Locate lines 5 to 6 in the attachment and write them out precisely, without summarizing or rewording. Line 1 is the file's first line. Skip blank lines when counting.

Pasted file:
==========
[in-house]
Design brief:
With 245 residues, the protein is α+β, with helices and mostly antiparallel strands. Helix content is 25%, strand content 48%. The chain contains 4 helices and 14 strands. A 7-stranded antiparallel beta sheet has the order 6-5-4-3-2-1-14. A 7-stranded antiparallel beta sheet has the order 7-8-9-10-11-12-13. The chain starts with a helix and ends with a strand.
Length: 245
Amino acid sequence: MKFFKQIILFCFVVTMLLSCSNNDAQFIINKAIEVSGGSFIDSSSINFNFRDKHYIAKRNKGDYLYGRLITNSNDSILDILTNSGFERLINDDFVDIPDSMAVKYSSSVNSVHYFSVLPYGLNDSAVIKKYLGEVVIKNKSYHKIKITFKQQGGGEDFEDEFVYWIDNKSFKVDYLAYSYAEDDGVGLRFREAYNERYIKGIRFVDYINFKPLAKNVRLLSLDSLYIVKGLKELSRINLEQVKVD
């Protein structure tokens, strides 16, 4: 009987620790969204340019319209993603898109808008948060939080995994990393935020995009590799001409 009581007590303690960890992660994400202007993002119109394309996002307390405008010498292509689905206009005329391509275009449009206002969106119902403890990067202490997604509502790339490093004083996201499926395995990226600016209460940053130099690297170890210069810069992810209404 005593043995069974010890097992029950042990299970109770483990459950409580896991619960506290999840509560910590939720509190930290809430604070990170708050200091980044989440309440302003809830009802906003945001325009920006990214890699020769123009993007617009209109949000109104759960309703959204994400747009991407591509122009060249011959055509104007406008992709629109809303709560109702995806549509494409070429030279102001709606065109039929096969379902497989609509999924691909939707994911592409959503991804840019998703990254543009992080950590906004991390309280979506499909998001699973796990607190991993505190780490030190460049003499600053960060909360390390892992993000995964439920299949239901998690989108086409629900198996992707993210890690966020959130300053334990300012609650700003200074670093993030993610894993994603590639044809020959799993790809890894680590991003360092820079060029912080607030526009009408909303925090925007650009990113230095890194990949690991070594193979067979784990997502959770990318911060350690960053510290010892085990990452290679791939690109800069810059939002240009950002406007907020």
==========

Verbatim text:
Amino acid sequence: MKFFKQIILFCFVVTMLLSCSNNDAQFIINKAIEVSGGSFIDSSSINFNFRDKHYIAKRNKGDYLYGRLITNSNDSILDILTNSGFERLINDDFVDIPDSMAVKYSSSVNSVHYFSVLPYGLNDSAVIKKYLGEVVIKNKSYHKIKITFKQQGGGEDFEDEFVYWIDNKSFKVDYLAYSYAEDDGVGLRFREAYNERYIKGIRFVDYINFKPLAKNVRLLSLDSLYIVKGLKELSRINLEQVKVD
């Protein structure tokens, strides 16, 4: 009987620790969204340019319209993603898109808008948060939080995994990393935020995009590799001409 009581007590303690960890992660994400202007993002119109394309996002307390405008010498292509689905206009005329391509275009449009206002969106119902403890990067202490997604509502790339490093004083996201499926395995990226600016209460940053130099690297170890210069810069992810209404 005593043995069974010890097992029950042990299970109770483990459950409580896991619960506290999840509560910590939720509190930290809430604070990170708050200091980044989440309440302003809830009802906003945001325009920006990214890699020769123009993007617009209109949000109104759960309703959204994400747009991407591509122009060249011959055509104007406008992709629109809303709560109702995806549509494409070429030279102001709606065109039929096969379902497989609509999924691909939707994911592409959503991804840019998703990254543009992080950590906004991390309280979506499909998001699973796990607190991993505190780490030190460049003499600053960060909360390390892992993000995964439920299949239901998690989108086409629900198996992707993210890690966020959130300053334990300012609650700003200074670093993030993610894993994603590639044809020959799993790809890894680590991003360092820079060029912080607030526009009408909303925090925007650009990113230095890194990949690991070594193979067979784990997502959770990318911060350690960053510290010892085990990452290679791939690109800069810059939002240009950002406007907020």